Skip to main content

Counting Penguins


Click. Click click. Click. Steve Forrest is in Antarctica. He’s standing on a rocky cliff. Below him are hundreds of chinstrap penguins.

Forrest is a biologist. He uses a metal clicker to count every penguin he sees. It’s not easy. It’s snowing. The wind is howling. And the fluffy chicks won’t stay still!

Chinstrap penguins are named for the black band that runs around their throat. Can you see it?


Forrest is part of a team working on a penguin census. The census will help scientists better understand the Antarctic environment.

Over the years, the number of chinstrap penguins in Antarctica has gone down. “Our best guess on why that could be is climate change climate change Polar Bear PAUL SOUDERS—GETTY IMAGES changes in the Earth's weather patterns (noun) The sea ice that polar bears hunt from is melting due to climate change. ,” Noah Strycker says. He’s on the census census JOHNER IMAGES/GETTY IMAGES an official count of a population (noun) According to the last census, 412 people live in the town. team.

Scientists say climate change is making the ocean warmer. This may be hurting krill. Chinstraps eat these tiny shrimplike creatures. But krill are hard to study. So scientists focus on penguins. If penguins aren’t doing well, it probably means krill aren’t either. “Penguins give us an idea about what is going on in the ocean around us,” Forrest says.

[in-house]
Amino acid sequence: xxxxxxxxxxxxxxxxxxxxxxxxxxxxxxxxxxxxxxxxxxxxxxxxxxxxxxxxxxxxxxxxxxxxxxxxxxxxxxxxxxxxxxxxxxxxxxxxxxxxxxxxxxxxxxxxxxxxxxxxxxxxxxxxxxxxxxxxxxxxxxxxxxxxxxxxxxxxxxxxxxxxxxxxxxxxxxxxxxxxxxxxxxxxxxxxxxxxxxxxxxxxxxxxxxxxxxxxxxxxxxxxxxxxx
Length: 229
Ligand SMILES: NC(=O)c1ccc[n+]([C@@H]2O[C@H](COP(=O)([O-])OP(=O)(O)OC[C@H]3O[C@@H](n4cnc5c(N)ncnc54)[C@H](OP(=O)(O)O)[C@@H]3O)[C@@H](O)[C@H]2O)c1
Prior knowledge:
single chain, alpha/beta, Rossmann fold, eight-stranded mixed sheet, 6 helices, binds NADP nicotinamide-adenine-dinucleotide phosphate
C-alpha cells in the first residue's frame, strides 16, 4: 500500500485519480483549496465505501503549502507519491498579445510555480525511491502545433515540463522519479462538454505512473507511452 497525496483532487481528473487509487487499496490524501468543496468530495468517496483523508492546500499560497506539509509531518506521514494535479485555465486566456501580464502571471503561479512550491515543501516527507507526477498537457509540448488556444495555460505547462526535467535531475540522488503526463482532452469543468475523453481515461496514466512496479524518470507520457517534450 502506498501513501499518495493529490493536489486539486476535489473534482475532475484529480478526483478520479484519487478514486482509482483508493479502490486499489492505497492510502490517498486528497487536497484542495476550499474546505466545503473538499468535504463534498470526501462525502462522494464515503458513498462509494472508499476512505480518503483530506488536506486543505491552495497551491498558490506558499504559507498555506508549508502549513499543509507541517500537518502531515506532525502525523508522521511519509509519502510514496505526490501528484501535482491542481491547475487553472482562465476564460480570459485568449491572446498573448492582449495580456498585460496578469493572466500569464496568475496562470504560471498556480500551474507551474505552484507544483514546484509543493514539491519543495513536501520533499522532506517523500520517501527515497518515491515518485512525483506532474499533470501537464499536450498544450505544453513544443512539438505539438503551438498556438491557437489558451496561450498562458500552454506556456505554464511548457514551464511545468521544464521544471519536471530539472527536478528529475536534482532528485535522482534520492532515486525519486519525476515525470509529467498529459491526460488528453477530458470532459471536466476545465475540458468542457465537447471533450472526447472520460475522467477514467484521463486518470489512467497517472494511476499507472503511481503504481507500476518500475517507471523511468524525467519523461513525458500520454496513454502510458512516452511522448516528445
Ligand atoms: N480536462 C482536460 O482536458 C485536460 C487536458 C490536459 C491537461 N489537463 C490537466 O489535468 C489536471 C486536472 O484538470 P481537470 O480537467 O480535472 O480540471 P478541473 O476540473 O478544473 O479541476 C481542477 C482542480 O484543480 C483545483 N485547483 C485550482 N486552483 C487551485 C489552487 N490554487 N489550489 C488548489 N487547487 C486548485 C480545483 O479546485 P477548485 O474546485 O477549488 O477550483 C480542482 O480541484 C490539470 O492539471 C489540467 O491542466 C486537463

Drone Solution

This year, robotics engineers are helping Forrest with the penguin census. They fly a drone over the penguins. The drone takes pictures. Forrest’s team will use the photos as a record of each colony’s colony FLORINTT—GETTY IMAGES a group of the same people, animals, or plants living together (noun) The bees live in a colony. location and size. It will also use the photos to teach computers to spot penguin nests. That way, computers could one day use satellite cameras to count penguins. For now, Forrest and his team will keep on clicking.